That said, with a carbon price alone, innovation in clean energy is still suboptimal. That’s because clean innovators (in the model, and to a good extent in reality) don’t account sufficiently for the possibility that their products will find a much larger market in the future. (They only receive a patent for a fixed period of time.) On the other hand, dirty machines still make up most of the market for a long time, which continues to bias innovation toward polluting inputs. Government subsidies for innovation can, in principle, correct these problems without picking technological winners. That’s why when the paper introduces innovation subsidies as an option, and optimizes policy again, the result is a substantially lower carbon price combined with significant innovation subsidies. (If governments try to achieve the same results through carbon pricing alone, they end up needing to impose a much higher price, distorting the economy and leading to broader welfare losses.)

This may sound a lot like the Breakthrough Institute argument for using a low carbon price to fund clean energy innovation. It’s not. The point of the carbon price in this model is not to fund the innovation subsidies. (The subsidies are financed through lump-sum taxes.) It’s to shift production to clean industries, both to cut emissions in the short term (because cumulative emissions matter), and to expand the near-term market for clean innovations, which in turn incentivizes clean energy innovation. An extremely weak carbon price used only as a revenue-raising measure wouldn’t do that.

The last point that I find really interesting has to do with North-South climate policy differences. The authors expand their model to assume that one part of the world (the North) adopts a mix of carbon pricing and innovation subsidies, while the rest of the world (the South) does neither. (This of course is not quite what happens in reality.) They further assume that technology can diffuse from North to South. In conventional models with trade, this leads to “carbon leakage” as dirty industries shift to the South, which in turn leads to higher near-term emissions. In the long run, though, innovation in clean technology helps the South become less polluting too.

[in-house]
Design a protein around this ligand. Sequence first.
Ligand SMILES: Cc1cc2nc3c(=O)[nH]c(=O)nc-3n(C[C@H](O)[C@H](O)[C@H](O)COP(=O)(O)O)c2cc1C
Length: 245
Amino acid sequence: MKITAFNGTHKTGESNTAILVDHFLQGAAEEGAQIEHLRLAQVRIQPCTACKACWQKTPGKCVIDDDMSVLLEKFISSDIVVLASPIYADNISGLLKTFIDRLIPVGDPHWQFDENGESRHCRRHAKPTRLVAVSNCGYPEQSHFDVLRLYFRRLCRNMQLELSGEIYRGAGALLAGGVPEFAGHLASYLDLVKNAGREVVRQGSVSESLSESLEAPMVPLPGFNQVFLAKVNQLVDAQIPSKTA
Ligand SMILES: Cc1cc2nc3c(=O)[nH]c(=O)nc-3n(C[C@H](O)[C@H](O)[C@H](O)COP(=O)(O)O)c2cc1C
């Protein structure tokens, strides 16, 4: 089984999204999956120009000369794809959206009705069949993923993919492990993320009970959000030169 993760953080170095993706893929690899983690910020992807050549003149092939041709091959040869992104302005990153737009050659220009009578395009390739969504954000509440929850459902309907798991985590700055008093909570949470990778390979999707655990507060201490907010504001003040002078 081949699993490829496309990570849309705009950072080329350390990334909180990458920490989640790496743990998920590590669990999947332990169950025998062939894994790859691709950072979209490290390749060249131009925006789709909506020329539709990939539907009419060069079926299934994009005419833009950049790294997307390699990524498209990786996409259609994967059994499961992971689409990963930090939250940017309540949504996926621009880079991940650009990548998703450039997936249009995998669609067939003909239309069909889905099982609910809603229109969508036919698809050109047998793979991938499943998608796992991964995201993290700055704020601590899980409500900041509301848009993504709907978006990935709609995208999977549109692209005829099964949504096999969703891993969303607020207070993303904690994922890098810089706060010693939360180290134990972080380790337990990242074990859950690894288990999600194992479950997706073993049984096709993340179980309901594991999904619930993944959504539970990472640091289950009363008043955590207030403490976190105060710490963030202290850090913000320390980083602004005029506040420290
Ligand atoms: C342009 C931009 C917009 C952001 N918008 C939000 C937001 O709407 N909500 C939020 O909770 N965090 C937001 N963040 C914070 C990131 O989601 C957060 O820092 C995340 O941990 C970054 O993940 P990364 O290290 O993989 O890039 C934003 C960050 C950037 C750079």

In the model with regulation-driven innovation, though, carbon leakage has a second negative impact: it keeps the market for dirty machines, and hence dirty innovations, large. As a result, major innovation in dirty machines remains substantial, making it much more difficult for clean technologies to close the gap. (If there are lots of industries that use coal in, say, China, there’s good reason for companies to spend lots of money figuring out how to use coal more effectively, which in turn makes it harder for clean energy to catch up.) In some cases, that makes environmental catastrophe inevitable. This suggests that at least some degree of international coordination is necessary for policy to work.

One caveat to all this: The paper’s results depend substantially on the clean and dirty sectors being “substitutes” rather than “complements”, which is to say, they depend on the assumption that if clean production improves, that comes at the expense of dirty production. That seems intuitively true – nuclear, for example, will replace coal rather than enhancing it. It strikes me, though, that many innovations will improve both sectors. (Innovation in computing technology is one obvious place, but I’m sure there are many others.) Government innovation supports, to work in the way that this paper suggests, would probably need to target those technologies that improved clean energy but didn’t improve dirty energy too.

Bottom line: Fascinating paper. Take a look for yourself.